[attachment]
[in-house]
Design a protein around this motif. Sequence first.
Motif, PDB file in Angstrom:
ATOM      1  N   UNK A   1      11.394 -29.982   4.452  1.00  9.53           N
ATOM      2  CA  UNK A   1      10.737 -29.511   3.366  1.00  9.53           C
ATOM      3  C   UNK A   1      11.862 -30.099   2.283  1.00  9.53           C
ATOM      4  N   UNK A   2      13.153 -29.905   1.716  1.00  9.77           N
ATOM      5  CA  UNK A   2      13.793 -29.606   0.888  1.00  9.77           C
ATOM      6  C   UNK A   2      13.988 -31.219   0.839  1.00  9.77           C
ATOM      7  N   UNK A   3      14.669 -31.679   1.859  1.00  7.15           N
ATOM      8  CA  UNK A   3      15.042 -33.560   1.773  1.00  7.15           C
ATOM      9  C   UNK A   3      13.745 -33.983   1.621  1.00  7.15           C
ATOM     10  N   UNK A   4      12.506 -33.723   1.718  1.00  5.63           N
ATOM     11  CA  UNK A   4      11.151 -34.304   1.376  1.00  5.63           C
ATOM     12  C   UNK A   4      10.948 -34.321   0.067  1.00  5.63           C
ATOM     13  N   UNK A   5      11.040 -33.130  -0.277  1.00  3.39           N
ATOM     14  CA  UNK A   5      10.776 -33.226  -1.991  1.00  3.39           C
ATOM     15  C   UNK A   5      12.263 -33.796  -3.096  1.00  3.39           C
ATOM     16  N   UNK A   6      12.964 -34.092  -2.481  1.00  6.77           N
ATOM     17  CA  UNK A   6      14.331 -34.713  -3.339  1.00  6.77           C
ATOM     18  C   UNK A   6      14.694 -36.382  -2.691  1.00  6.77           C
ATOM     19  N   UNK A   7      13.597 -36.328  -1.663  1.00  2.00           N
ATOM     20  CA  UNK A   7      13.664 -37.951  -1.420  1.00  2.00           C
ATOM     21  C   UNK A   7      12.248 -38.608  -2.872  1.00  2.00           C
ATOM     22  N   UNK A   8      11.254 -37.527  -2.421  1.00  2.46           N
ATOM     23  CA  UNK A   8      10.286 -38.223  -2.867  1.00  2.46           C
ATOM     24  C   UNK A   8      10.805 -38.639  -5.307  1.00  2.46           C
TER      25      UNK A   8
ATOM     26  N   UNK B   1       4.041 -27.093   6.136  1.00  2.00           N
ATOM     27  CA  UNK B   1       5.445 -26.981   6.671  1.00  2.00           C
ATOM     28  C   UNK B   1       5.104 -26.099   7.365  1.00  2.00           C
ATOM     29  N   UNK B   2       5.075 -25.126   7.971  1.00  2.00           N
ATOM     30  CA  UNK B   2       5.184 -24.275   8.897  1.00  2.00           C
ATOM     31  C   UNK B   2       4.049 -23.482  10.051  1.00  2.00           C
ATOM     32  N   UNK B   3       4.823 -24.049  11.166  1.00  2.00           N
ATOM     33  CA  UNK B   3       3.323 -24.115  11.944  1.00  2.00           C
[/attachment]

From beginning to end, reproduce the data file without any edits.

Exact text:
[in-house]
Design a protein around this motif. Sequence first.
Motif, PDB file in Angstrom:
ATOM      1  N   UNK A   1      11.394 -29.982   4.452  1.00  9.53           N
ATOM      2  CA  UNK A   1      10.737 -29.511   3.366  1.00  9.53           C
ATOM      3  C   UNK A   1      11.862 -30.099   2.283  1.00  9.53           C
ATOM      4  N   UNK A   2      13.153 -29.905   1.716  1.00  9.77           N
ATOM      5  CA  UNK A   2      13.793 -29.606   0.888  1.00  9.77           C
ATOM      6  C   UNK A   2      13.988 -31.219   0.839  1.00  9.77           C
ATOM      7  N   UNK A   3      14.669 -31.679   1.859  1.00  7.15           N
ATOM      8  CA  UNK A   3      15.042 -33.560   1.773  1.00  7.15           C
ATOM      9  C   UNK A   3      13.745 -33.983   1.621  1.00  7.15           C
ATOM     10  N   UNK A   4      12.506 -33.723   1.718  1.00  5.63           N
ATOM     11  CA  UNK A   4      11.151 -34.304   1.376  1.00  5.63           C
ATOM     12  C   UNK A   4      10.948 -34.321   0.067  1.00  5.63           C
ATOM     13  N   UNK A   5      11.040 -33.130  -0.277  1.00  3.39           N
ATOM     14  CA  UNK A   5      10.776 -33.226  -1.991  1.00  3.39           C
ATOM     15  C   UNK A   5      12.263 -33.796  -3.096  1.00  3.39           C
ATOM     16  N   UNK A   6      12.964 -34.092  -2.481  1.00  6.77           N
ATOM     17  CA  UNK A   6      14.331 -34.713  -3.339  1.00  6.77           C
ATOM     18  C   UNK A   6      14.694 -36.382  -2.691  1.00  6.77           C
ATOM     19  N   UNK A   7      13.597 -36.328  -1.663  1.00  2.00           N
ATOM     20  CA  UNK A   7      13.664 -37.951  -1.420  1.00  2.00           C
ATOM     21  C   UNK A   7      12.248 -38.608  -2.872  1.00  2.00           C
ATOM     22  N   UNK A   8      11.254 -37.527  -2.421  1.00  2.46           N
ATOM     23  CA  UNK A   8      10.286 -38.223  -2.867  1.00  2.46           C
ATOM     24  C   UNK A   8      10.805 -38.639  -5.307  1.00  2.46           C
TER      25      UNK A   8
ATOM     26  N   UNK B   1       4.041 -27.093   6.136  1.00  2.00           N
ATOM     27  CA  UNK B   1       5.445 -26.981   6.671  1.00  2.00           C
ATOM     28  C   UNK B   1       5.104 -26.099   7.365  1.00  2.00           C
ATOM     29  N   UNK B   2       5.075 -25.126   7.971  1.00  2.00           N
ATOM     30  CA  UNK B   2       5.184 -24.275   8.897  1.00  2.00           C
ATOM     31  C   UNK B   2       4.049 -23.482  10.051  1.00  2.00           C
ATOM     32  N   UNK B   3       4.823 -24.049  11.166  1.00  2.00           N
ATOM     33  CA  UNK B   3       3.323 -24.115  11.944  1.00  2.00           C